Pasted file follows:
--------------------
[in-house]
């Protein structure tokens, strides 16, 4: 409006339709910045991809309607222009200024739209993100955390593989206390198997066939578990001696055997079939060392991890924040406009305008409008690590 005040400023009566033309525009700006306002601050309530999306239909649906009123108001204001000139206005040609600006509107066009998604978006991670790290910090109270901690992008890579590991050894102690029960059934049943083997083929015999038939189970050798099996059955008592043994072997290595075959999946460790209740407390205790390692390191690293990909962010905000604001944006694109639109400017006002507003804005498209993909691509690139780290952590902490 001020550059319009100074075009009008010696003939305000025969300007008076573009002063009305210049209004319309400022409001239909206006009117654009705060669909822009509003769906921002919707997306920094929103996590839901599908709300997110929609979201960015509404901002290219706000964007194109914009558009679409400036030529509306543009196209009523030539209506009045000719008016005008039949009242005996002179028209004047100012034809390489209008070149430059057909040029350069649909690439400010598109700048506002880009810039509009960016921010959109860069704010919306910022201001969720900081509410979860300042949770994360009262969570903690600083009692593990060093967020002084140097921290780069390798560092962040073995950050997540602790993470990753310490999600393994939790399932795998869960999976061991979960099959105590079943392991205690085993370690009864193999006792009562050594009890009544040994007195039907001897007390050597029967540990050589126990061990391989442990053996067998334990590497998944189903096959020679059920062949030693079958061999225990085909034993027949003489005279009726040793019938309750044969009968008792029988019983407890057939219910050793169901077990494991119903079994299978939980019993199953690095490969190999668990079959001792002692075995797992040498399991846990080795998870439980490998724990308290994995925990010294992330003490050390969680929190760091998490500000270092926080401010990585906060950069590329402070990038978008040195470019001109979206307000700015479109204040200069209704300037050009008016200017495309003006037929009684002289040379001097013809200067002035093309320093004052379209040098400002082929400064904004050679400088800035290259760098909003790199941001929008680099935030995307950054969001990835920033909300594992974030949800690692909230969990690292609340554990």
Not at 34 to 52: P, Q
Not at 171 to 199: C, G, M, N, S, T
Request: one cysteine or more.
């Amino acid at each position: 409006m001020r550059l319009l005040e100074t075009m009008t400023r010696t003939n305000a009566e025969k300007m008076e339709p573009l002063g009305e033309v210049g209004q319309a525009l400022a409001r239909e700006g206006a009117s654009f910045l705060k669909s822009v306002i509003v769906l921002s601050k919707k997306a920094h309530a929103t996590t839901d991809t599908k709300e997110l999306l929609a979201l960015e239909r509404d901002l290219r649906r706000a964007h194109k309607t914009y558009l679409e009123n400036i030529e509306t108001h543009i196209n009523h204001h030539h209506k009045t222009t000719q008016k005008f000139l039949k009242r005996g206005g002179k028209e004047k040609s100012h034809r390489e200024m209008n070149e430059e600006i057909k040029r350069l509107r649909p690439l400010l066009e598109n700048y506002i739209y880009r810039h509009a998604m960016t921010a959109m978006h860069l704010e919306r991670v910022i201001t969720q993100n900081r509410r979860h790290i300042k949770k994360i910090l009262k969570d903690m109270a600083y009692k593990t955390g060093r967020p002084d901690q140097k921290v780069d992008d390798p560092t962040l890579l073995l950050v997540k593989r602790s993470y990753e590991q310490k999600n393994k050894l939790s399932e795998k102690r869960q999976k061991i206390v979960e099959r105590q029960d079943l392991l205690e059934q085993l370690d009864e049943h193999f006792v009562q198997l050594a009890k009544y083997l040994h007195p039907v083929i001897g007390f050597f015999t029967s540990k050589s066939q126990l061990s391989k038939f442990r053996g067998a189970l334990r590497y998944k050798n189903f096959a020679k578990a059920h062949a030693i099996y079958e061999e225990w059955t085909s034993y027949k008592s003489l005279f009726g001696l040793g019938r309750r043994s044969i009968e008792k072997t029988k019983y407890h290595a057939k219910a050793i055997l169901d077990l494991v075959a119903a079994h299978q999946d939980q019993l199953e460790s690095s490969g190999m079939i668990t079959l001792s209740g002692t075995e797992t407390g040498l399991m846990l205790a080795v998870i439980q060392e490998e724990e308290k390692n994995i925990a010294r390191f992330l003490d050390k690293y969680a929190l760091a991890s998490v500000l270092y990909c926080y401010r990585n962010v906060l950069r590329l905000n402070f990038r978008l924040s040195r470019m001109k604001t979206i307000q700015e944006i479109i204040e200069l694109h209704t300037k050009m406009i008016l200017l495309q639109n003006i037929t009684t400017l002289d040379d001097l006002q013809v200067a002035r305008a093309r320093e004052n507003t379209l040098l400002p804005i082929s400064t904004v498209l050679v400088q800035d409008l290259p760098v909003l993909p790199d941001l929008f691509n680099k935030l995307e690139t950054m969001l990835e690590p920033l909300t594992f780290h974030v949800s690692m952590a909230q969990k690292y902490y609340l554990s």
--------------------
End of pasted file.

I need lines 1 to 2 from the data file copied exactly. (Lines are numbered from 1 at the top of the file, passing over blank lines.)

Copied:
[in-house]
């Protein structure tokens, strides 16, 4: 409006339709910045991809309607222009200024739209993100955390593989206390198997066939578990001696055997079939060392991890924040406009305008409008690590 005040400023009566033309525009700006306002601050309530999306239909649906009123108001204001000139206005040609600006509107066009998604978006991670790290910090109270901690992008890579590991050894102690029960059934049943083997083929015999038939189970050798099996059955008592043994072997290595075959999946460790209740407390205790390692390191690293990909962010905000604001944006694109639109400017006002507003804005498209993909691509690139780290952590902490 001020550059319009100074075009009008010696003939305000025969300007008076573009002063009305210049209004319309400022409001239909206006009117654009705060669909822009509003769906921002919707997306920094929103996590839901599908709300997110929609979201960015509404901002290219706000964007194109914009558009679409400036030529509306543009196209009523030539209506009045000719008016005008039949009242005996002179028209004047100012034809390489209008070149430059057909040029350069649909690439400010598109700048506002880009810039509009960016921010959109860069704010919306910022201001969720900081509410979860300042949770994360009262969570903690600083009692593990060093967020002084140097921290780069390798560092962040073995950050997540602790993470990753310490999600393994939790399932795998869960999976061991979960099959105590079943392991205690085993370690009864193999006792009562050594009890009544040994007195039907001897007390050597029967540990050589126990061990391989442990053996067998334990590497998944189903096959020679059920062949030693079958061999225990085909034993027949003489005279009726040793019938309750044969009968008792029988019983407890057939219910050793169901077990494991119903079994299978939980019993199953690095490969190999668990079959001792002692075995797992040498399991846990080795998870439980490998724990308290994995925990010294992330003490050390969680929190760091998490500000270092926080401010990585906060950069590329402070990038978008040195470019001109979206307000700015479109204040200069209704300037050009008016200017495309003006037929009684002289040379001097013809200067002035093309320093004052379209040098400002082929400064904004050679400088800035290259760098909003790199941001929008680099935030995307950054969001990835920033909300594992974030949800690692909230969990690292609340554990």